DISCUSSION

Here, we demonstrate that cells run serine one-carbon catabolism in excess of the biosynthetic demand of one-carbon units. Most of the excess one-carbon units are released as formate under the conditions tested. For every formate molecule released from cells, one ADP molecule is phosphorylated to form ATP via reverse mitochondrial 10-CHO-THF synthetase (Fig. 1C). The coupling of the mitochondrial NAD+-dependent 5,10-CH2-THF dehydrogenase to mitochondrial oxidative phosphorylation can contribute with an additional 2.5 molecules of ATP per formate molecule released. The only cell-autonomous phenotype we have observed in MTHFD1L knockdown cells is an increase in glycolysis, a canonical pathway for energy generation, in the HCT116 colorectal cancer cells but not in the IMR90 nontransformed lung fibroblasts. Although this evidence is not conclusive, it supports the idea that serine one-carbon catabolism with formate overflow can contribute to energy generation. Further work is required to investigate whether this contribution is enhanced in certain cancers relative to normal tissues.

Some cancer cells exhibit a high rate of formate release but almost no glycine release when growing in standard culture medium. Therefore, we cannot exclude the possibility that excess one-carbon unit production is a side effect of glycine generation from serine and a higher metabolic demand of glycine than one-carbon units (11). However, if such hypothesis is correct, then we would need to resort to additional hypotheses to explain why mammalian cells evolved to generate glycine from serine when glycine is available in the extracellular medium and why the excess one-carbon units are mostly released as formate instead of as less toxic CO2.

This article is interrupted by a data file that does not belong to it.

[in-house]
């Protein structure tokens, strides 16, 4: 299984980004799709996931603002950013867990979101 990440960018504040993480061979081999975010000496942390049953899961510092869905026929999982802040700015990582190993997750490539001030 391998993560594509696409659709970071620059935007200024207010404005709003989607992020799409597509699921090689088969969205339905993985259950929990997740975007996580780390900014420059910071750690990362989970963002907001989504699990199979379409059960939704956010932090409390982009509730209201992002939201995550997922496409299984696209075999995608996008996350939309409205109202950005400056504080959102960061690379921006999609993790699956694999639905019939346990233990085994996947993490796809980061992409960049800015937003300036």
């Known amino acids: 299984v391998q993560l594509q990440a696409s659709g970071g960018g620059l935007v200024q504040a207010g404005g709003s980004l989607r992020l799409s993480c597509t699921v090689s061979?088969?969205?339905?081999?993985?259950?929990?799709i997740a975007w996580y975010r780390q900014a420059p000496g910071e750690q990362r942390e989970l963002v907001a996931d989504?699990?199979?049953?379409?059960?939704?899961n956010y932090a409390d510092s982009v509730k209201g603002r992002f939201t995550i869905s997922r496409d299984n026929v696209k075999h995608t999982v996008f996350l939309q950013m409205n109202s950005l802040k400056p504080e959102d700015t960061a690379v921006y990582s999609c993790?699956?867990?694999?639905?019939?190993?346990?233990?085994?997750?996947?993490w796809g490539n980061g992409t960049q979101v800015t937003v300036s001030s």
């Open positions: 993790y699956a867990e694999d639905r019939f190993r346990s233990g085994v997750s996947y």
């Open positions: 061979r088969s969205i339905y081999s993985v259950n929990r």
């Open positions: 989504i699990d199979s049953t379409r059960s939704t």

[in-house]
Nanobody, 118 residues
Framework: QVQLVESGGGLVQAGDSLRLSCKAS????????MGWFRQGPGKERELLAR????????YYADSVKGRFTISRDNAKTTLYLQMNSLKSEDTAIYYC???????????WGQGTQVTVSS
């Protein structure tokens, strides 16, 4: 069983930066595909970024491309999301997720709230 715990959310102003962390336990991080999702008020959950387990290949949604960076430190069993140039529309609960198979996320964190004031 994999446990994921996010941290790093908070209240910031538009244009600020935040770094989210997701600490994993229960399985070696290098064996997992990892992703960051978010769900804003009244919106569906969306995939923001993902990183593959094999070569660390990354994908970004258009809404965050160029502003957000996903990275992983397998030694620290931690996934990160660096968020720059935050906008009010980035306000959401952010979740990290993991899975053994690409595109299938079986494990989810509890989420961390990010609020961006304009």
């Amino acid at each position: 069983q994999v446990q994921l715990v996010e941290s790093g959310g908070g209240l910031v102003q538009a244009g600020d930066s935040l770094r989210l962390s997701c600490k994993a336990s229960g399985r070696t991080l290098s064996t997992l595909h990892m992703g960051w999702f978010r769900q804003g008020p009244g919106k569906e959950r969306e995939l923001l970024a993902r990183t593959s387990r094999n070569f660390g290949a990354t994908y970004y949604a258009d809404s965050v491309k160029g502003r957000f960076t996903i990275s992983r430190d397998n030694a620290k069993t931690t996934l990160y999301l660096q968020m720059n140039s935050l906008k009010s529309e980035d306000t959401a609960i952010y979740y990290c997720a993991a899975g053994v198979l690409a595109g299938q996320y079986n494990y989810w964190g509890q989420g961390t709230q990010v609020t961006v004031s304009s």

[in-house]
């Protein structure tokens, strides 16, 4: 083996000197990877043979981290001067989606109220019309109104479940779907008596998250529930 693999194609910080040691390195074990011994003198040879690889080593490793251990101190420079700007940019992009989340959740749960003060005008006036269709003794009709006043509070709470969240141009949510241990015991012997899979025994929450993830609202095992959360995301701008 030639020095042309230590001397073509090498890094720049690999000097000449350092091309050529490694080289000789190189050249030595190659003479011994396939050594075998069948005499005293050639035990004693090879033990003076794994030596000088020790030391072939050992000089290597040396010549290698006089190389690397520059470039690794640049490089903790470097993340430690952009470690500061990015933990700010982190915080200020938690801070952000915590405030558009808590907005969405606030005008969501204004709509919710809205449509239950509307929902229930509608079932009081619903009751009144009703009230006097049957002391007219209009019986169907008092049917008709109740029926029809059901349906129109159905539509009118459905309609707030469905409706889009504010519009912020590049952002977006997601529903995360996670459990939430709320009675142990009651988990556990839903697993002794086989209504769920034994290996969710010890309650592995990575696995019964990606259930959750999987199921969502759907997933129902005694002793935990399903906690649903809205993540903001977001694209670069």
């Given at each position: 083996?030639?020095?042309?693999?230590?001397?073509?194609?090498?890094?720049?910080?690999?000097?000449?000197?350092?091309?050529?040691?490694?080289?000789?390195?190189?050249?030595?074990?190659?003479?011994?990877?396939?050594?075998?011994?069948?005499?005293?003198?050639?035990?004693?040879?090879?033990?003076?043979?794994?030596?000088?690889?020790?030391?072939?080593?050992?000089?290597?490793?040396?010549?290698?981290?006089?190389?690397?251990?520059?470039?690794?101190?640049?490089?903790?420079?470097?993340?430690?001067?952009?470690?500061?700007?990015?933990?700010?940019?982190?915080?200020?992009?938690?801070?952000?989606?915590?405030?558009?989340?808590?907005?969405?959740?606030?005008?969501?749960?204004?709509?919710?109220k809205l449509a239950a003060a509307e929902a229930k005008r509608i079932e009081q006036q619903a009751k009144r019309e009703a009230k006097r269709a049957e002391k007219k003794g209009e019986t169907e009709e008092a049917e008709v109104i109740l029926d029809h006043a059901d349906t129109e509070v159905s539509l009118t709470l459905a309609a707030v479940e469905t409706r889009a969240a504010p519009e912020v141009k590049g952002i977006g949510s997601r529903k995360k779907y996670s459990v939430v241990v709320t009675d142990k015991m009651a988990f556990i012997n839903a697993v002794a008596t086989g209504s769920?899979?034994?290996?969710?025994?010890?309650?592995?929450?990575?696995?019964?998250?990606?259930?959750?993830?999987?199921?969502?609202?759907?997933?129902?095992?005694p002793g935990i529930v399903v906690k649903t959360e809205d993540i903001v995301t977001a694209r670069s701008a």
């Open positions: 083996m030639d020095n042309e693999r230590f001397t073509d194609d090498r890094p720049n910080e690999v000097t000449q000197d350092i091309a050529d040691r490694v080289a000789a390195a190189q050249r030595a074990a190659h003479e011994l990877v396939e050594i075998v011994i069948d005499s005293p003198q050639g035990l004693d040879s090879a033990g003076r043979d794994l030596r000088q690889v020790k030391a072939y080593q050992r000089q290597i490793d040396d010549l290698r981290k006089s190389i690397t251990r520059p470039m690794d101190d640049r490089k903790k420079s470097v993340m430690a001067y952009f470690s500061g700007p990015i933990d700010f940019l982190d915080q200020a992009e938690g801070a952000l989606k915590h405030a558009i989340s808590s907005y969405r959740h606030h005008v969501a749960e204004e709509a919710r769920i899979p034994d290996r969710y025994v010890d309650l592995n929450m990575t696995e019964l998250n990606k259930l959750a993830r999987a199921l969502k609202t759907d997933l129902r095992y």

The demonstration of serine catabolism with formate overflow has several implications to our understanding of mammalian metabolism in normal physiology and disease states. Of greatest importance is the use of metformin, a less potent complex I inhibitor than phenformin, for the treatment of type 2 diabetes. Although metformin has different organ-specific pharmacokinetics than phenformin, both drugs target complex I. Our data suggest a reduction in plasma formate levels as a consequence of treatment with complex I inhibitors. It will be interesting to investigate whether formate levels are reduced in type 2 diabetes patients under long-term metformin treatment and whether lower formate levels are simply a consequence of the treatment or whether they might even have a direct impact on the phenotype.